Let’s Get . . . Stitching Backgrounds

Originally posted 2009-04-29 05:57:54. Republished by Blog Post Promoter

Figuring out what to do about the background of a needlepoint piece is often perplexing.

The design is so pretty on it’s white background. But stitch and suddenly something more is needed — a background. Some canvas come on colored or metallic canvas so a possible background is there. Some canvases have a painted background.

But almost always you will need to stitch something. I have tried all kinds of different things for backgrounds from a pulled canvas background, to an all-metallic Giant Diagonal Mosaic. Some have worked well, some haven’t, but here are some of my favorite techniques for backgrounds.

I’ve found several ways to think about what will work for a background before I make a stitch and discuss them in this post.

Needlepoint Damask uses two threads with a slight contrast to make a background which is stitched entirely in Tent Stitch, but which has pattern in it.

Another technique I love for backgrounds is Blackwork. I like the look of it in matching threads on colored canvas or in colored threads on white canvas. This post has tips on how to do it.

Most often I use a textured stitch for a bacgkround. When the combination of thread, color, and stitch is right, this is a perfect, but simple background. Here are five great stitches for them.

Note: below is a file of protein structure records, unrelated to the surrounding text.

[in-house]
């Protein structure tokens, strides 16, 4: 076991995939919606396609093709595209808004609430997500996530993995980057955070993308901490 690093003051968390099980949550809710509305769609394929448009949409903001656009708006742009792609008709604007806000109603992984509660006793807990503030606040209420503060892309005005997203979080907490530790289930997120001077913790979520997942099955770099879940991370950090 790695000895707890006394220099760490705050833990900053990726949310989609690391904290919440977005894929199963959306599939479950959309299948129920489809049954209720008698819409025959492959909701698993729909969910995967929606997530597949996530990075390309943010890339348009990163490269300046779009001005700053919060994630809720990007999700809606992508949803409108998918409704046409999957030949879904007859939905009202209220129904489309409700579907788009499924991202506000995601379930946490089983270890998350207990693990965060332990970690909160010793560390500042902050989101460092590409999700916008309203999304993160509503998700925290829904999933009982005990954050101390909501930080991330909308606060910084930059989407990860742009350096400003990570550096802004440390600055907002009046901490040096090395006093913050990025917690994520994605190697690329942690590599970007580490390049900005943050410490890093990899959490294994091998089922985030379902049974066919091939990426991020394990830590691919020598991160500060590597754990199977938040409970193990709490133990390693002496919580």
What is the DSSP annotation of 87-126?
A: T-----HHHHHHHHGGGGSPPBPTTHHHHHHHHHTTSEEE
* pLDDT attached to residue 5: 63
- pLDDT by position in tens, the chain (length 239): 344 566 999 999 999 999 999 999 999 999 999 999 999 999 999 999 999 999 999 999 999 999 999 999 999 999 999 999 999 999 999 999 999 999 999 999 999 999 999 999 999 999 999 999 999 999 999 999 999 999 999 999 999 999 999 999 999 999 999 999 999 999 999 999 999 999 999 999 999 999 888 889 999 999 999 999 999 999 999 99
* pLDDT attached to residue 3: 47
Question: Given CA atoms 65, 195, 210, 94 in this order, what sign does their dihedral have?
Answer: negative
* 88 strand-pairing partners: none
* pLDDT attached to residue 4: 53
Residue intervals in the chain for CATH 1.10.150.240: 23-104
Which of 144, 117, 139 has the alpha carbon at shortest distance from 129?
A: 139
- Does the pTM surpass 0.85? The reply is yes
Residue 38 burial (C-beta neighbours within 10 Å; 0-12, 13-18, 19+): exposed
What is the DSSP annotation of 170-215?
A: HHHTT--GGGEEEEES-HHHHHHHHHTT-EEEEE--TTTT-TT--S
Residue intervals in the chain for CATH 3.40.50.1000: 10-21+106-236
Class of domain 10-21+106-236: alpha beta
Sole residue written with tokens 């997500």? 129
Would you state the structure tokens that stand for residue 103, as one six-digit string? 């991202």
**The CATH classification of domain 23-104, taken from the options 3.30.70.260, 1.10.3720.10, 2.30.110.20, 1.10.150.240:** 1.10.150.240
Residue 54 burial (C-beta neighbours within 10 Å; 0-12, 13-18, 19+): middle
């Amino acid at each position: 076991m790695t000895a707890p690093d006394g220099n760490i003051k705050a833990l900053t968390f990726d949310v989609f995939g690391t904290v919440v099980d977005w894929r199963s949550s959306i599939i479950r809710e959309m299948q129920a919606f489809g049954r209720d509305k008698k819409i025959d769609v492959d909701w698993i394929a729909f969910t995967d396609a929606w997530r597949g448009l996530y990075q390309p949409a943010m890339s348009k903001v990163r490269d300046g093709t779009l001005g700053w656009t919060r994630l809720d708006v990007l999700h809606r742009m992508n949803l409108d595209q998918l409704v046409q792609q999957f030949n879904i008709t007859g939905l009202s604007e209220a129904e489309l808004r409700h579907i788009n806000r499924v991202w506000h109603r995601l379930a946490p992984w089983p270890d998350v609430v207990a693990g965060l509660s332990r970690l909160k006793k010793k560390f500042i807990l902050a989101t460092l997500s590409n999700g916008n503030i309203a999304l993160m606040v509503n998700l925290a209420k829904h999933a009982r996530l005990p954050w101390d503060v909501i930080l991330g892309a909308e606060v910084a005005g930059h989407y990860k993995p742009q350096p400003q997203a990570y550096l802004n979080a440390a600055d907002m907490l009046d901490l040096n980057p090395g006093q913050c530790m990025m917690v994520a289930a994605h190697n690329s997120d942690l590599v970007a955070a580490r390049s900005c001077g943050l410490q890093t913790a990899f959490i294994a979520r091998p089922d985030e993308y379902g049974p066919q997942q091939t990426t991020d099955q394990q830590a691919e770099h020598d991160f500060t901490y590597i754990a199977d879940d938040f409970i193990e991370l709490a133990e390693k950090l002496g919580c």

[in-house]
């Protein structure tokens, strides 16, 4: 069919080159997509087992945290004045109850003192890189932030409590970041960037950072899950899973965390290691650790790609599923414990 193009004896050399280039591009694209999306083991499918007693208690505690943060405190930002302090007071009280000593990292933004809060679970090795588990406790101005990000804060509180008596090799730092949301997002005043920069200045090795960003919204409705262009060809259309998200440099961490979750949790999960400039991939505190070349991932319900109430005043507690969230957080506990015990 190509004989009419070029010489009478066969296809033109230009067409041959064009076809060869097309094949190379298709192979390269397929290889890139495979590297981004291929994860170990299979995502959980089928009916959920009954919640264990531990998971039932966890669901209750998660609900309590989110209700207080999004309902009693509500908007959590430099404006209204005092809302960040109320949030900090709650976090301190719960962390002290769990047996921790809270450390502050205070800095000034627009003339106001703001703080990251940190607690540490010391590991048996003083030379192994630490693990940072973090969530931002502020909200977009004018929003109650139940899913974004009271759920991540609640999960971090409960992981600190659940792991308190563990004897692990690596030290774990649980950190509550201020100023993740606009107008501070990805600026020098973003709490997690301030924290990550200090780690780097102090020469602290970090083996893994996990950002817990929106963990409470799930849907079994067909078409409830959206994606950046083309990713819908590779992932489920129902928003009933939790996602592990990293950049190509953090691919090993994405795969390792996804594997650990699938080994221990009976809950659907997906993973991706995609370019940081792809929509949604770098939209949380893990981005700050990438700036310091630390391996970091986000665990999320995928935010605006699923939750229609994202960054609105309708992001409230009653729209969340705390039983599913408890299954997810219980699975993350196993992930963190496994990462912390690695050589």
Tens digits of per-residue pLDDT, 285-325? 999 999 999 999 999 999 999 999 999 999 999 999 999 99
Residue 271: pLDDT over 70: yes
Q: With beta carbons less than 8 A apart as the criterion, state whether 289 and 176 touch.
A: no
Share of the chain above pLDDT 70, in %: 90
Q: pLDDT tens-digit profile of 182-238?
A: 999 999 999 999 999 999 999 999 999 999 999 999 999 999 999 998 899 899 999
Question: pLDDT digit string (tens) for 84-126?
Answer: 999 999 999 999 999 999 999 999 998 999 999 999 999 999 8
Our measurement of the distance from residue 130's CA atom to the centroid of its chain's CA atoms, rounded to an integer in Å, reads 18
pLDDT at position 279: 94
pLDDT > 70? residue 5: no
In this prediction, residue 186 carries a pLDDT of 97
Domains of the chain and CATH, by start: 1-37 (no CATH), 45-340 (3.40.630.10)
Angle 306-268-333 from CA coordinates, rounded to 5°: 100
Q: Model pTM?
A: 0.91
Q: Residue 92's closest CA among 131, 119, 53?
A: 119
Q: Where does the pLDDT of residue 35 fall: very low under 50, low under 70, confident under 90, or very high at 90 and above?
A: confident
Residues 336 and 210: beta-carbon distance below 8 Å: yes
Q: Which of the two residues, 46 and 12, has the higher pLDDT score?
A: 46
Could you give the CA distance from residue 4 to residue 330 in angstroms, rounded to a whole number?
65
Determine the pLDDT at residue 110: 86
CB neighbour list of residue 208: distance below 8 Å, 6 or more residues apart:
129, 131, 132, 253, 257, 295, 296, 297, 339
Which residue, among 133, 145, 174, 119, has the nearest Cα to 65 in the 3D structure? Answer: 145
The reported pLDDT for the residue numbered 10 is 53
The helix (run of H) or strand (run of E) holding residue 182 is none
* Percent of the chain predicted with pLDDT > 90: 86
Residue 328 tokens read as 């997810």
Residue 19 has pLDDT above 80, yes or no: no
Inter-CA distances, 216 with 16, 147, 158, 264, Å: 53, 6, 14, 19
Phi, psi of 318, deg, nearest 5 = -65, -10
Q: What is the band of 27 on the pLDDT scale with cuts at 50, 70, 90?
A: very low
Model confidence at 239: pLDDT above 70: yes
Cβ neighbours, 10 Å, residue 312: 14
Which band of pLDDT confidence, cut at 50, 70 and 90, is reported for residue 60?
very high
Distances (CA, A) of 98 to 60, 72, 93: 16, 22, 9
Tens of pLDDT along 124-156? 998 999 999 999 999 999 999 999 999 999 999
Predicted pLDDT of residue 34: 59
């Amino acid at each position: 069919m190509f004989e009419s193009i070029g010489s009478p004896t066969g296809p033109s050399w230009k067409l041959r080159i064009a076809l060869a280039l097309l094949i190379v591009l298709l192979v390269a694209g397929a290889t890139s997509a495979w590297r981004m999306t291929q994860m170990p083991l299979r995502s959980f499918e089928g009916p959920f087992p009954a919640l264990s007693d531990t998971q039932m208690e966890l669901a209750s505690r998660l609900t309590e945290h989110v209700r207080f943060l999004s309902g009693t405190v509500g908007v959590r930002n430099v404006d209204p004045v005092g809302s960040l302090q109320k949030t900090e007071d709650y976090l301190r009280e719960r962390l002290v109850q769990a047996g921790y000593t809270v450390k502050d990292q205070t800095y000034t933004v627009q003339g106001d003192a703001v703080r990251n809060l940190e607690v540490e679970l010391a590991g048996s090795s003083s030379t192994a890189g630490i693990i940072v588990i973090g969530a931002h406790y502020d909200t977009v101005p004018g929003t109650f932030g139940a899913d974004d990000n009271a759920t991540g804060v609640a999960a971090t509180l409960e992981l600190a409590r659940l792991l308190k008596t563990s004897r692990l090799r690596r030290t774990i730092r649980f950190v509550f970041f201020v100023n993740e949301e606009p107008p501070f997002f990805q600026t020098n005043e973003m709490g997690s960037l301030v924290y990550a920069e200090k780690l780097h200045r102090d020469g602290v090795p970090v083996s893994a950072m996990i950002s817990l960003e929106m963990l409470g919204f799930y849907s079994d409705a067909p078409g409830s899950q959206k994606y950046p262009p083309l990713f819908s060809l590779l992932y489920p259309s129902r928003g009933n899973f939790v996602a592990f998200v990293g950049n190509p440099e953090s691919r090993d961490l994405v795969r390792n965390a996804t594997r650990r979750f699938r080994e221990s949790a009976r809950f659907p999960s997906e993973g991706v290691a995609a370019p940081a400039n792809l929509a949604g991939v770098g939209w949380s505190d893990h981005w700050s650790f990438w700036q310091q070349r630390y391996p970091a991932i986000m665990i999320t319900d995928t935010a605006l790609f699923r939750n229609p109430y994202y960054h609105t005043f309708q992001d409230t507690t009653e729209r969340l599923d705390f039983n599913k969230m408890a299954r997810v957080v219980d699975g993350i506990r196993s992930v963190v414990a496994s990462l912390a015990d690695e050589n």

Stripes make powerful backgrounds. This post, on the Random Stripe Generator program, has some ideas for how to use them.

One of the most common types of background is a sky. While there are many great techniques to stitch skies, here are some of the ones I use again and again.

Don’t be afraid of doing something unique for your background. Even if you only have learned Basketweave there is plenty you can do to make your backgrounds exciting.

Comments

  1. Betsy says

    Hi – my first comment! just wanted to say that I often don’t stitch a background for particularly pretty designs but I tea-stain the canvas beforehand to give it some color or texture. Last month I put the canvas in a bowl filled with POM juice mixed with leftover coffee and it turned a great deep burgundy shade. I stitched a small star using leftover threads and used the background as the foundation for the colors I chose.

Trackbacks

Leave a Reply

Your email address will not be published. Required fields are marked *

You may use these HTML tags and attributes: <a href="" title=""> <abbr title=""> <acronym title=""> <b> <blockquote cite=""> <cite> <code> <del datetime=""> <em> <i> <q cite=""> <strike> <strong>